The following introduction and interview contain moderate spoilers.
When a new film from Quentin Tarantino is released, a film as original and awash in genre-geometry as Inglourious Basterds, the post-viewing sensation that follows remains difficult to describe. In Kill Bill Vol. 1, there is a scene set inside the House of Blue Leaves in which Uma Thurman’s Bride blinks and the film switches from black and white to color. A sizable light switch is then thrown by a yakuza. In seconds, the screen turns a cool midnight blue. At that moment the aural equivalent of digital goosebumps chimes unusually through the speakers. Now everything on screen appears the same but is different, renergized and alive. I remember watching this scene and realizing that it inexplicably captures how I feel after a QT film; the difference being that the sensation of a QT film is not flicked instantaneously; it spreads over the following weeks and months as if by a potent time-release capsule. In addition, as this sensation is occuring at a personal level, Tarantino’s characters and images are similarly infiltrating and titillating the collective mind of endless media, fellow cinephiles, and general moviegoers. Pop-culture synapses connect further until a single Tarantino character is loaded into the permanent highlight reel of a respective year, for film or otherwise. It’s the lysergic, symbiotic propaganda of a true genius.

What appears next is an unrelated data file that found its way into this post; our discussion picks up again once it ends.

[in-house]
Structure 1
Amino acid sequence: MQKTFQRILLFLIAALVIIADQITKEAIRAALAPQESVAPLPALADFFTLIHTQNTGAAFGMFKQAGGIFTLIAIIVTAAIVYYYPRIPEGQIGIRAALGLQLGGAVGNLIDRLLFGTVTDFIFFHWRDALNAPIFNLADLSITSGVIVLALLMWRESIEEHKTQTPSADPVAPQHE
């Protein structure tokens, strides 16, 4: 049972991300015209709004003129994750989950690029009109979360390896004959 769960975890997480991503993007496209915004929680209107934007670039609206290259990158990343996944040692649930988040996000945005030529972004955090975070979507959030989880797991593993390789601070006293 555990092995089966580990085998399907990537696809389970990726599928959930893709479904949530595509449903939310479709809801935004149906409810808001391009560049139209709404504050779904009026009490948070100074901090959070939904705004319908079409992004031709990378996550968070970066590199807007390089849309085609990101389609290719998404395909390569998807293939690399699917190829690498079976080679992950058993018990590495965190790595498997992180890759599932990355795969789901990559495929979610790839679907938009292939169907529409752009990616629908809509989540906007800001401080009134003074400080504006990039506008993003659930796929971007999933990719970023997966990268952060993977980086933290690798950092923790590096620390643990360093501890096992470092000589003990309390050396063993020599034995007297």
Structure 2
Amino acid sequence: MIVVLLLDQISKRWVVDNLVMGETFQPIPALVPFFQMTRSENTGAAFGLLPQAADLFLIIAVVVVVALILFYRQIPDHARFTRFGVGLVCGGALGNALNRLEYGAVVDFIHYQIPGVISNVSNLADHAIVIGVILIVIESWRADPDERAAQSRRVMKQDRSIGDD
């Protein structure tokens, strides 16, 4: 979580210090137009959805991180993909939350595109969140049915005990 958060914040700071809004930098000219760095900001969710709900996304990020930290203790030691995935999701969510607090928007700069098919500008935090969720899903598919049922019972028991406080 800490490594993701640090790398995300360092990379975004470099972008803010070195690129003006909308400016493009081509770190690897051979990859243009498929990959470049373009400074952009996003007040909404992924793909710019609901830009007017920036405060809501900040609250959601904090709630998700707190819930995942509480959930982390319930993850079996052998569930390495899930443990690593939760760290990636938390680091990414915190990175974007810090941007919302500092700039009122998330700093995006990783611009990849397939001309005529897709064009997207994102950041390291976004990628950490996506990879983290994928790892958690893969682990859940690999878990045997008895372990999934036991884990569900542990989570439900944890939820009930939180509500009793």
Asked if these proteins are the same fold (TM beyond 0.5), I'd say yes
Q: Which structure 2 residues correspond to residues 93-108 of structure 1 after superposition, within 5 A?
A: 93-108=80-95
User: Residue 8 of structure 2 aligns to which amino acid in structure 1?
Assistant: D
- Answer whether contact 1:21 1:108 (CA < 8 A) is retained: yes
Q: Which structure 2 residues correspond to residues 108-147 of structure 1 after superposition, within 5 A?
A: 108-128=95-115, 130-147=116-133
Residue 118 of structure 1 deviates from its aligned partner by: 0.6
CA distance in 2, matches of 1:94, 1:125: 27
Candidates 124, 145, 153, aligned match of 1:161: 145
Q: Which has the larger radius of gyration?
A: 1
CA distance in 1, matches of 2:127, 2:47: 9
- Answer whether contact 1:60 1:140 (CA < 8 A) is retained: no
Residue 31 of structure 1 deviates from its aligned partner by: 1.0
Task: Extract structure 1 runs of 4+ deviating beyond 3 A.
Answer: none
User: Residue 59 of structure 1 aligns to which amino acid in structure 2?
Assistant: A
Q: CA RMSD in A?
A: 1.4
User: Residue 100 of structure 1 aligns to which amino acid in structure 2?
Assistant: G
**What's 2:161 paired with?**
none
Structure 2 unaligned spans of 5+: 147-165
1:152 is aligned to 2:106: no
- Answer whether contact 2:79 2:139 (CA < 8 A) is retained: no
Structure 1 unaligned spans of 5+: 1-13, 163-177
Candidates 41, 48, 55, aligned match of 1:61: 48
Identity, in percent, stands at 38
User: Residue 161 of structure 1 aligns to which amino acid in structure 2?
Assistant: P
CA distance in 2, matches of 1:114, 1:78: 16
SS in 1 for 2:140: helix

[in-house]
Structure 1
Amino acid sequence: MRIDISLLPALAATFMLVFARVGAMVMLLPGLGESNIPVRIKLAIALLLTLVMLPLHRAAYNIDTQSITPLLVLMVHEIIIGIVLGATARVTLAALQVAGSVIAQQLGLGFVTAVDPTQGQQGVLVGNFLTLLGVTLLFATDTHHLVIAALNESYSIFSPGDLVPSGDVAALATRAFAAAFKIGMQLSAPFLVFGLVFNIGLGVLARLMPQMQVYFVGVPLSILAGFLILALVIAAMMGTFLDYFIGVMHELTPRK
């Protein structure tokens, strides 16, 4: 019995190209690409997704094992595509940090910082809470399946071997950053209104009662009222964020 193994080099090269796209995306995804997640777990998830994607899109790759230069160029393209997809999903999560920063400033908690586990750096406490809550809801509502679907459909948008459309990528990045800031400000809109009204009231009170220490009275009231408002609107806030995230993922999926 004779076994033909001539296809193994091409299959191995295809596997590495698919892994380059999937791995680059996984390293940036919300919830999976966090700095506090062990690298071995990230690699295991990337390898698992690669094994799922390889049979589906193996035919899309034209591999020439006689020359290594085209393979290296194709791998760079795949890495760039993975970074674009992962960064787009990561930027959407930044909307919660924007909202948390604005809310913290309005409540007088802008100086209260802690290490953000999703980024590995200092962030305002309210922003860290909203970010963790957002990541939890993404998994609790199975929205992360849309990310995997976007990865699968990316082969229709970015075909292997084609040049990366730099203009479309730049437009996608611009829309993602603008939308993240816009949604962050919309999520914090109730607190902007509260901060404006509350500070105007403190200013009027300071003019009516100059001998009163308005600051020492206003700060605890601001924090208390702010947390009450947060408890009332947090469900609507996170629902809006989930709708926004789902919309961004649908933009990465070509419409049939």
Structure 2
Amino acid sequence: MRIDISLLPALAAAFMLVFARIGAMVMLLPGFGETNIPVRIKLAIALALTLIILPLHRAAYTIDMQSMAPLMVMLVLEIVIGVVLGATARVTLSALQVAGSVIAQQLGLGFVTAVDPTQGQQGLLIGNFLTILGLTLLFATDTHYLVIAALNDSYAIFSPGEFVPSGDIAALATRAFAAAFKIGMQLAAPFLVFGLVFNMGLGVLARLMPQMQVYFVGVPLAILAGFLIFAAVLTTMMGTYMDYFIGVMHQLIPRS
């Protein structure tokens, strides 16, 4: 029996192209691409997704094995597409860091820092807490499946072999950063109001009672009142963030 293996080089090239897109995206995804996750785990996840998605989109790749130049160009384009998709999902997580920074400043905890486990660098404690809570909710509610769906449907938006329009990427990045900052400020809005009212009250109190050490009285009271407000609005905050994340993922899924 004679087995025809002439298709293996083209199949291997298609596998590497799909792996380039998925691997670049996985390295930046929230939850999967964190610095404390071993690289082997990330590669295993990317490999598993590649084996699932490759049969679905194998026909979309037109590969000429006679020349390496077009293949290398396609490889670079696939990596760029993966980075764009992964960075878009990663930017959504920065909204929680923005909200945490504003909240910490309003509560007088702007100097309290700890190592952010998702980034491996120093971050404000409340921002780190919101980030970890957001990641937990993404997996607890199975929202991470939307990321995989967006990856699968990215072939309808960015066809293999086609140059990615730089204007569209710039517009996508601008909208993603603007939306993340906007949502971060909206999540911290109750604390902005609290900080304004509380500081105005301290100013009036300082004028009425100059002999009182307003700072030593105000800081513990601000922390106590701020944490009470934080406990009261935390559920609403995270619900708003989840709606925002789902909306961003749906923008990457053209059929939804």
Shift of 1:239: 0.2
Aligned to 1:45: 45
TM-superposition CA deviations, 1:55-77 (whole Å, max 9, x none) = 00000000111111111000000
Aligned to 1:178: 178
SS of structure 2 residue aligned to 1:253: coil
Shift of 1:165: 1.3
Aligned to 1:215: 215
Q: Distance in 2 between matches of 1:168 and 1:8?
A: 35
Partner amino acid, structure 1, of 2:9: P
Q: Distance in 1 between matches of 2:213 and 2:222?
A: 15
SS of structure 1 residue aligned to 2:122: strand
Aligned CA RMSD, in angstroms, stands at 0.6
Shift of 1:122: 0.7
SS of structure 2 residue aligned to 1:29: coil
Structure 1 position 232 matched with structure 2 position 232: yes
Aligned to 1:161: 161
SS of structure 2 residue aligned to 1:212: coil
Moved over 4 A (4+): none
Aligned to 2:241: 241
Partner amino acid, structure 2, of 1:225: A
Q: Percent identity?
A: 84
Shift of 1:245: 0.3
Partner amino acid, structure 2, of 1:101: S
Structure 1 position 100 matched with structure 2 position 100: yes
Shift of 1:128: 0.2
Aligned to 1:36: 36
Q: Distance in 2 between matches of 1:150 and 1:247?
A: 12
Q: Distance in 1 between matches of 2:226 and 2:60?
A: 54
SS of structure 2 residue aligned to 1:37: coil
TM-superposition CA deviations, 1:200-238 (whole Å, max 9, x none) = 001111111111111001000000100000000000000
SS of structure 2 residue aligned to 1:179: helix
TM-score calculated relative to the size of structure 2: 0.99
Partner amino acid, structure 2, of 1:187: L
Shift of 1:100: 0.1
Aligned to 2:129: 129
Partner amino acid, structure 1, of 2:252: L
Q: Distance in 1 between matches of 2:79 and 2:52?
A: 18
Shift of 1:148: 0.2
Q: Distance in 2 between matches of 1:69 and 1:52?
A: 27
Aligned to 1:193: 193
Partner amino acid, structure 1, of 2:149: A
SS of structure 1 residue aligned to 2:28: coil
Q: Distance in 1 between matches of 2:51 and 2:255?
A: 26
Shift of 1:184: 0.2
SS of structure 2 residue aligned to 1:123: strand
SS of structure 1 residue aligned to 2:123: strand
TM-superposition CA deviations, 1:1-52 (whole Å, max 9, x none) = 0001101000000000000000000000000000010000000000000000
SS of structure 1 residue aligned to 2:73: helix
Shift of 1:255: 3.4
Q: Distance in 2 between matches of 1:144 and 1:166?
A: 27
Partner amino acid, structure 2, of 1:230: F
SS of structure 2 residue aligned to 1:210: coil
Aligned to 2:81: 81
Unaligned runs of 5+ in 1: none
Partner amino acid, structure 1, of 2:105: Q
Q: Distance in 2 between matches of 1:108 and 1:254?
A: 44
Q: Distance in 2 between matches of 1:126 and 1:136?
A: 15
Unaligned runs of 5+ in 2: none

In this way, Inglourious Basterds is no different from Tarantino’s superlative works: the character that will be remembered in bold fashion is Colonel Hans Landa aka The Jew Hunter, the primary villain in Basterds. Moreover, international viewers, and American viewers especially, will come to remember their surprise introduction to the masterful talent embodying Landa, the Austrian actor Christoph Waltz. His career spanning some 30 years, primarily in theatre and television, Waltz’s performance as the erudite, calculating, and predatory Nazi colonel—a fictional Tarantino creation—is all but guaranteed a Best Supporting Actor nomination. This /Film staffer predicts “a bingo.” If a timely parallel need be drawn to exemplify the breakout performance by this veteran actor—a role that plants the seeds for a long, prosperous career—it would be that of Jackie Earle Haley in Little Children. During his whirlwind of publicity, Quentin Tarantino, doting even for Tarantino, has praised Waltz and his character with the following…
“You gave me my movie.” – to Waltz at the Cannes Film Festival, where he won Best Actor
“Hans Landa is one of the greatest characters I have ever written, and one of the greatest characters that I will ever write.”